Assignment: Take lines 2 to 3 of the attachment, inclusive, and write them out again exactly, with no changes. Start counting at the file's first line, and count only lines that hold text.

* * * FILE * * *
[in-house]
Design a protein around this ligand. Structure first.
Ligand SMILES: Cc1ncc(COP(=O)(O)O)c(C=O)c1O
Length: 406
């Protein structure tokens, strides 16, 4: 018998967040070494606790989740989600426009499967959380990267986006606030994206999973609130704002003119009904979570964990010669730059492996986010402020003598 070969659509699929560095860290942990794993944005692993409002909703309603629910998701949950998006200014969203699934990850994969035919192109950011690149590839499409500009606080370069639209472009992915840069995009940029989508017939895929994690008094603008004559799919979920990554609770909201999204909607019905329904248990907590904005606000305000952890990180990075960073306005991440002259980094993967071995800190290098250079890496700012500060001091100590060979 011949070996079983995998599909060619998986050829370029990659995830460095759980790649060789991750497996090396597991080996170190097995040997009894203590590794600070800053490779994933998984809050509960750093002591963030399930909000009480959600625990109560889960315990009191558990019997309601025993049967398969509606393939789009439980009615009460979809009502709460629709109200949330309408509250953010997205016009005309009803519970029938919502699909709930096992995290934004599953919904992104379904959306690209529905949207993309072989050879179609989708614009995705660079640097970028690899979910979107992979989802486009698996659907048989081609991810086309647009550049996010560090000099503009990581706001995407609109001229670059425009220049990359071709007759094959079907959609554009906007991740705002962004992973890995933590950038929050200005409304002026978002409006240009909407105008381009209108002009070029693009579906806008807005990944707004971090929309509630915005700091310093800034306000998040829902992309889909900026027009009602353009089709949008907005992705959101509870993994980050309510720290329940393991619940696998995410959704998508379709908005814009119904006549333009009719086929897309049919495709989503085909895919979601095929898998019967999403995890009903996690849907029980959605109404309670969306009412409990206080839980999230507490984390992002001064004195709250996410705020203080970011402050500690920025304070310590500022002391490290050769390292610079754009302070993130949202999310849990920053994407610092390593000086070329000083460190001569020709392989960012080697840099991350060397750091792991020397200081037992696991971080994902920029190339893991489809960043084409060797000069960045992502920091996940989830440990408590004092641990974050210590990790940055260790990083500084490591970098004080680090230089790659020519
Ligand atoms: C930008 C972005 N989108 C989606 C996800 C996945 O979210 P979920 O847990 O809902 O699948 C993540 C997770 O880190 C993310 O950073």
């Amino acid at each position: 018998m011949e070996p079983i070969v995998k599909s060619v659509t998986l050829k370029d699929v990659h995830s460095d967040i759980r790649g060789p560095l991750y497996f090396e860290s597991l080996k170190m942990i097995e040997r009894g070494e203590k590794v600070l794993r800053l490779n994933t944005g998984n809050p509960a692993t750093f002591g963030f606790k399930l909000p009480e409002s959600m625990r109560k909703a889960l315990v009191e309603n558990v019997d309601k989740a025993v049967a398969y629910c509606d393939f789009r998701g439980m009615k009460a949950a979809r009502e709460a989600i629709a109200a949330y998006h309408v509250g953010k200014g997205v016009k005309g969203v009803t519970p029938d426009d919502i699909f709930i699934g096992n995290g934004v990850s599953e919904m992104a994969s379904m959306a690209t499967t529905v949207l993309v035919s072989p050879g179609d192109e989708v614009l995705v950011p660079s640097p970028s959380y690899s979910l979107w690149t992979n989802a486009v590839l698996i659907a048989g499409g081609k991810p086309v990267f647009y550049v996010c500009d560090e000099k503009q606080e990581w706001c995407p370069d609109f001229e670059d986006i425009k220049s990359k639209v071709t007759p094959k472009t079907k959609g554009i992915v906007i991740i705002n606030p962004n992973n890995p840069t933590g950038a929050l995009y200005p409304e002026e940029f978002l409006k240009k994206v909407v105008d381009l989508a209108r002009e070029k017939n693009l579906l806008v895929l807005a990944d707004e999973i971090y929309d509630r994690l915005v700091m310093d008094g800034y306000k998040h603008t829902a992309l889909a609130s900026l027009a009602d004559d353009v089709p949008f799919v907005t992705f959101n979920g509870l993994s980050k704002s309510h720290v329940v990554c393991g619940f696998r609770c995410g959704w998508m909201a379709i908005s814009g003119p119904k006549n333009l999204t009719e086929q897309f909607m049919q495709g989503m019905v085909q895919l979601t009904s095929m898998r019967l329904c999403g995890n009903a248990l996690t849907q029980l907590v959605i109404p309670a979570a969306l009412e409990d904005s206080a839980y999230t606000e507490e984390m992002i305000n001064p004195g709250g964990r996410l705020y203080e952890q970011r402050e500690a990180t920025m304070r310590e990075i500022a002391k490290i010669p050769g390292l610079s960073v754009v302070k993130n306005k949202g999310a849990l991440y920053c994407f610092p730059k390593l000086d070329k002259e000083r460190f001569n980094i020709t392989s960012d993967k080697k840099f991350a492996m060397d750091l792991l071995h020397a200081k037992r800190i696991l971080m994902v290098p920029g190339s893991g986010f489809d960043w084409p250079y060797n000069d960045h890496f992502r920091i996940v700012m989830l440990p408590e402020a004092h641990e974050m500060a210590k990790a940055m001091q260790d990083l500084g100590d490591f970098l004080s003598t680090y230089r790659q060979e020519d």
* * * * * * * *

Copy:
Design a protein around this ligand. Structure first.
Ligand SMILES: Cc1ncc(COP(=O)(O)O)c(C=O)c1O